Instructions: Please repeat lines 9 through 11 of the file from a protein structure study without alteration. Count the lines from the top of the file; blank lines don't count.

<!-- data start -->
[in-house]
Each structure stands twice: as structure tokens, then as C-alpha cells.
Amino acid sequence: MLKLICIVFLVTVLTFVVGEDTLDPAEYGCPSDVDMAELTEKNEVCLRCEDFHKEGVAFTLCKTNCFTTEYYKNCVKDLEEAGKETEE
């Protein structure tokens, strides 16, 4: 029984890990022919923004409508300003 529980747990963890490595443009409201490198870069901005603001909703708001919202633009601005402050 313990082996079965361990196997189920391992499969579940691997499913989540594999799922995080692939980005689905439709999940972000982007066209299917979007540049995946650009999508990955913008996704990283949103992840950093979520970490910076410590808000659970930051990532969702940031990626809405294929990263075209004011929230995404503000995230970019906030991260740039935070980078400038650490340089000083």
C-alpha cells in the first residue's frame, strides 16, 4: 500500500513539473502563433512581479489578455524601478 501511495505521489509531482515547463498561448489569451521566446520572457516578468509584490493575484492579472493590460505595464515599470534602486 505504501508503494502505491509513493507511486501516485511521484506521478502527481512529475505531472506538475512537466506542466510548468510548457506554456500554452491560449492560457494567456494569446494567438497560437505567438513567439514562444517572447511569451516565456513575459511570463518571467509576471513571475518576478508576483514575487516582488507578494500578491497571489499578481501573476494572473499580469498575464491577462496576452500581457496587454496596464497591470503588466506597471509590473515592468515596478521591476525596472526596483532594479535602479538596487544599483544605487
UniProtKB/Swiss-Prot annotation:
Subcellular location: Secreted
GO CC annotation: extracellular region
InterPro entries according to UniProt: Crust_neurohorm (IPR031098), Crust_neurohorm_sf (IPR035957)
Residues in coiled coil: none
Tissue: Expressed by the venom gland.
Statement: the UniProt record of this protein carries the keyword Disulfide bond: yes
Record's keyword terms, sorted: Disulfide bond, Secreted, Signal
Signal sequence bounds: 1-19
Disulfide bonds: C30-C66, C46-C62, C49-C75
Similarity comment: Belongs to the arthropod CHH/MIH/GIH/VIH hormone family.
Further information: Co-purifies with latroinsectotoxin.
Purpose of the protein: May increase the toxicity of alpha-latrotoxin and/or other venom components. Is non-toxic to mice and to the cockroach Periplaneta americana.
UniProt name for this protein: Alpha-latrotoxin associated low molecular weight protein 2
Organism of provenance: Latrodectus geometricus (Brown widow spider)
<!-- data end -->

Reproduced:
InterPro entries according to UniProt: Crust_neurohorm (IPR031098), Crust_neurohorm_sf (IPR035957)
Residues in coiled coil: none
Tissue: Expressed by the venom gland.